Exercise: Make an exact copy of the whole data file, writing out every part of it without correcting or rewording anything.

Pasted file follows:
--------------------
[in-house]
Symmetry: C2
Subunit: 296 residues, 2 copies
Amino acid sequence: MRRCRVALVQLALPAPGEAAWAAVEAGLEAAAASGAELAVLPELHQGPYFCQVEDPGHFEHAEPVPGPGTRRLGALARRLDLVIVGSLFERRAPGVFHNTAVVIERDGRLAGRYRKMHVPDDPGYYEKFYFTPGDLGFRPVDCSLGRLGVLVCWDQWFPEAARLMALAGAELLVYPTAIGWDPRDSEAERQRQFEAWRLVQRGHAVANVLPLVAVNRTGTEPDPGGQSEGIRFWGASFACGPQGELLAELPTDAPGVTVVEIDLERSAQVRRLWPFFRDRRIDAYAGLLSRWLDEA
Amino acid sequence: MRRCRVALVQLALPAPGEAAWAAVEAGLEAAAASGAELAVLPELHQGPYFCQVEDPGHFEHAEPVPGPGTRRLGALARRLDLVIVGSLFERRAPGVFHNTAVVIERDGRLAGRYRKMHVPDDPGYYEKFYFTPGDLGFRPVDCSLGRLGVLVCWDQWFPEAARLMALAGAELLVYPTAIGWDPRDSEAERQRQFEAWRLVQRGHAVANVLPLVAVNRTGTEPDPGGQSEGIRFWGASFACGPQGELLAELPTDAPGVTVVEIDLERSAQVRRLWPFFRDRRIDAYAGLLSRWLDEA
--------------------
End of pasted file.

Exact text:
[in-house]
Symmetry: C2
Subunit: 296 residues, 2 copies
Amino acid sequence: MRRCRVALVQLALPAPGEAAWAAVEAGLEAAAASGAELAVLPELHQGPYFCQVEDPGHFEHAEPVPGPGTRRLGALARRLDLVIVGSLFERRAPGVFHNTAVVIERDGRLAGRYRKMHVPDDPGYYEKFYFTPGDLGFRPVDCSLGRLGVLVCWDQWFPEAARLMALAGAELLVYPTAIGWDPRDSEAERQRQFEAWRLVQRGHAVANVLPLVAVNRTGTEPDPGGQSEGIRFWGASFACGPQGELLAELPTDAPGVTVVEIDLERSAQVRRLWPFFRDRRIDAYAGLLSRWLDEA
Amino acid sequence: MRRCRVALVQLALPAPGEAAWAAVEAGLEAAAASGAELAVLPELHQGPYFCQVEDPGHFEHAEPVPGPGTRRLGALARRLDLVIVGSLFERRAPGVFHNTAVVIERDGRLAGRYRKMHVPDDPGYYEKFYFTPGDLGFRPVDCSLGRLGVLVCWDQWFPEAARLMALAGAELLVYPTAIGWDPRDSEAERQRQFEAWRLVQRGHAVANVLPLVAVNRTGTEPDPGGQSEGIRFWGASFACGPQGELLAELPTDAPGVTVVEIDLERSAQVRRLWPFFRDRRIDAYAGLLSRWLDEA